THE FRIENDS of Paul Thayer think it would be a shame if the former deputy defense secretary had to go to jail for obstruction of justice, a charge to which he has pleaded guilty. Mr. Thayer is a man of considerable public and personal accomplishment. But the stature and responsibility to which he has risen make him, in our view, more rather than less culpable for his serious offenses.

Mr. Thayer's friends are not just anybody. Those who have written letters on his behalf to the federal judge who will sentence him include a former president of the United States, current and former chairmen of the joint chiefs of staff, the chairman of the Senate Armed Services Committee and a galaxy of corporate lawyers, defense industry executives and holders of other high office. They testify not only to his professional achievements, but also to his personal acts of charity, including helping a young high school dropout to build a successful career and playing a major role in raising money for the Vietnam Veterans Memorial.

But Mr. Thayer is not accused of a peccadillo. He has pleaded guilty to obstruction of justice and giving false testimony in connection with a scheme that netted $2 million in illegal stock profits for his longtime girlfriend, Sandra Ryno, a Dallas stockbroker, Billy Bob Harris and six others. Mr. Thayer, a multimillionaire, did not pocket any of the proceeds, but he clearly valued his relationship with Sandra Ryno who, according to his lawyer, had become "increasingly reluctant to take large gifts of cash."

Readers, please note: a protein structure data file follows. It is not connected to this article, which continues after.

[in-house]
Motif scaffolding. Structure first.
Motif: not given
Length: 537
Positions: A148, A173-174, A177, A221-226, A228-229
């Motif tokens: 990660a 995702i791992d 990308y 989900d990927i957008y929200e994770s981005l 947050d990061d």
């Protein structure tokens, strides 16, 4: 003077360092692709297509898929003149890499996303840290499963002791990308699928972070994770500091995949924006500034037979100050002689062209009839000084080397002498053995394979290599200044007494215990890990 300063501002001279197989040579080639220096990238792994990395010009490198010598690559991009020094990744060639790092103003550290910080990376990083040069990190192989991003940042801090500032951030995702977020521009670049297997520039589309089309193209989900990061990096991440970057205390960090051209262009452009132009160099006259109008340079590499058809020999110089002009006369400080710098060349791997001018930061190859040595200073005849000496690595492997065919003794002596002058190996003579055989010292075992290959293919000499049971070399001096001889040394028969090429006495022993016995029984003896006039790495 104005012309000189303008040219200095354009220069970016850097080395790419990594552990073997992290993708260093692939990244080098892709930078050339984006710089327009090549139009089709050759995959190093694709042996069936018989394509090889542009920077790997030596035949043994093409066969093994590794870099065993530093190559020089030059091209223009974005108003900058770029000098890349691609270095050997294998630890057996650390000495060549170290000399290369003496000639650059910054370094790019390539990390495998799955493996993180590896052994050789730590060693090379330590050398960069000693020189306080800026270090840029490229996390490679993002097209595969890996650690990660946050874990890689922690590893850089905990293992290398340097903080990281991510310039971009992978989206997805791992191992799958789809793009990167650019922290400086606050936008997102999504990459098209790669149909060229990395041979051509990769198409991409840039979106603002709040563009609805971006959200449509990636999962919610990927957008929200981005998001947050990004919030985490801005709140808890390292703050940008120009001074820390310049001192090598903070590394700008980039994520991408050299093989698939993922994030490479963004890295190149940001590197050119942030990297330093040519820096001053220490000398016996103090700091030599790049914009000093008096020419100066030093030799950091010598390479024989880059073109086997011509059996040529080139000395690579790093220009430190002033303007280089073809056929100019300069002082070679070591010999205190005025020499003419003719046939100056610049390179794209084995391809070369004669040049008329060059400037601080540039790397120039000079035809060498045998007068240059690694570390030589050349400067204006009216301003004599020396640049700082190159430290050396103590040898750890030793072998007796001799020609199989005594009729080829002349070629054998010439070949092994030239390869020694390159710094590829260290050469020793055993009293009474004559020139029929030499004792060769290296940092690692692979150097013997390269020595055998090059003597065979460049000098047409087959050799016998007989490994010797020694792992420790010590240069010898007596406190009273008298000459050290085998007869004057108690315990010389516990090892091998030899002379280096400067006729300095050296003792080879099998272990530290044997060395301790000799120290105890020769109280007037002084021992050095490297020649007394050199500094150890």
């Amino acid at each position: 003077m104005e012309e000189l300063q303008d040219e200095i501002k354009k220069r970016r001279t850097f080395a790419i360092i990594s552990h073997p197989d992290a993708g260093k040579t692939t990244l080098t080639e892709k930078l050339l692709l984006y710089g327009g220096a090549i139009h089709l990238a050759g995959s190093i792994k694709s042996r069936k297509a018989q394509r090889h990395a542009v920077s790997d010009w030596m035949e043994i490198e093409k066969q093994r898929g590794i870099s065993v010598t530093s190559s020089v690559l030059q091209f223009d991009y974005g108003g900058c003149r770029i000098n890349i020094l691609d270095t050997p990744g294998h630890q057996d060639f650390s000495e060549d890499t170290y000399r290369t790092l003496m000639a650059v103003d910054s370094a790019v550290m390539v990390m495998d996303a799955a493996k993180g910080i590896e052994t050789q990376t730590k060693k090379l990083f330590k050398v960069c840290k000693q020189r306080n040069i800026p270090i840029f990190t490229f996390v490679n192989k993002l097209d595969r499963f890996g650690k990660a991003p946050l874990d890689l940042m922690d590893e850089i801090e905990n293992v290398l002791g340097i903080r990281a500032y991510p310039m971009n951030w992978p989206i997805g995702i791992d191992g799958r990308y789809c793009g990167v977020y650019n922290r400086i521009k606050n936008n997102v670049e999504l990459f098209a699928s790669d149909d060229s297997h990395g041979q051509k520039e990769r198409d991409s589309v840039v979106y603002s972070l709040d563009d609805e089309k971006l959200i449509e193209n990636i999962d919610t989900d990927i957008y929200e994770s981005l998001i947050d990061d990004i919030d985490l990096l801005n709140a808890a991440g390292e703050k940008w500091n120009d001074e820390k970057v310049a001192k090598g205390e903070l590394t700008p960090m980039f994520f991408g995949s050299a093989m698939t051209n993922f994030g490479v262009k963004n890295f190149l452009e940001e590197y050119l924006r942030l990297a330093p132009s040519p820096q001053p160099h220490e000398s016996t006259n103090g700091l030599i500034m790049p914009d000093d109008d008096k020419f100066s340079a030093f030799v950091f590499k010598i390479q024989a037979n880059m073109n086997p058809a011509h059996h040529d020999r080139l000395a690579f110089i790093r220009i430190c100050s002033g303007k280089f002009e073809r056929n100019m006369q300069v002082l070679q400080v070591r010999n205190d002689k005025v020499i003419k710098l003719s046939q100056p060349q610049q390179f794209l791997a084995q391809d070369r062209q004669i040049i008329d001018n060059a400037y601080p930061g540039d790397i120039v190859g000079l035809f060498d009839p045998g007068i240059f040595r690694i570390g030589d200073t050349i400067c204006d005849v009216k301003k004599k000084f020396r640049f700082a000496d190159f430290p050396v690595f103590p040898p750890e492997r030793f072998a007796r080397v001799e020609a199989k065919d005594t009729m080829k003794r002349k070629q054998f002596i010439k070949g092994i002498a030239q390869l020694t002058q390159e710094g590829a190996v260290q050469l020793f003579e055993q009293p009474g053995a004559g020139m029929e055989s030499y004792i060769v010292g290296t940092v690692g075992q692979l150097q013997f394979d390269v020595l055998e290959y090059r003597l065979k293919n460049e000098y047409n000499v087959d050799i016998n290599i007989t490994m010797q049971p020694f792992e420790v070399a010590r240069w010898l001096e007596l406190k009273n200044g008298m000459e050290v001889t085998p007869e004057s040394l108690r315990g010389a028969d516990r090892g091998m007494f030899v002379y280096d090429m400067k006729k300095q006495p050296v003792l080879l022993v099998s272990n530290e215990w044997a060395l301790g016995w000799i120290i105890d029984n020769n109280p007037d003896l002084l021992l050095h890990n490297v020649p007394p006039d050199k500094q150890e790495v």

There is no ambiguity about the illegality of Mr. Thayer's activities. The deals, as described by the prosecutors, included such colorful details as the use of go-betweens, pay phones and borrowed credit cards and the delivery of the payoff in a bread basket -- and the prolonged attempts to hide them from SEC investigators included perjury and other obstructions of justice.

Insider trading is not a victimless crime. Some potential victims are easily identified -- for example, the stockholders of Anheuser-Busch, which is suing Mr. Thayer and his co-defendants for more than $250 million that, it alleges, his insider trading cost the company by driving up the stock price of a firm it was then acquiring. Less obvious, but no less real, are the loss of confidence among small investors who increasingly believe -- not without reason -- that insiders are taking all the best gains and walking away from the serious losses, and the encouragement of speculation in a market in which long-term returns are already undervalued.

As methods become increasingly sophisticated, punishment of those who are caught is the only hope for curbing insider trading. That means cracking down on everybody who gets caught -- not just thoithout an adequate list of friends. As a sophisticated investor, Mr. Thayer surely understood the costs and consequences of his actions. What justice would there be in sentencing him to a lesser penalty than if he had been the poor, uneducated perpetrator of a commonplace theft?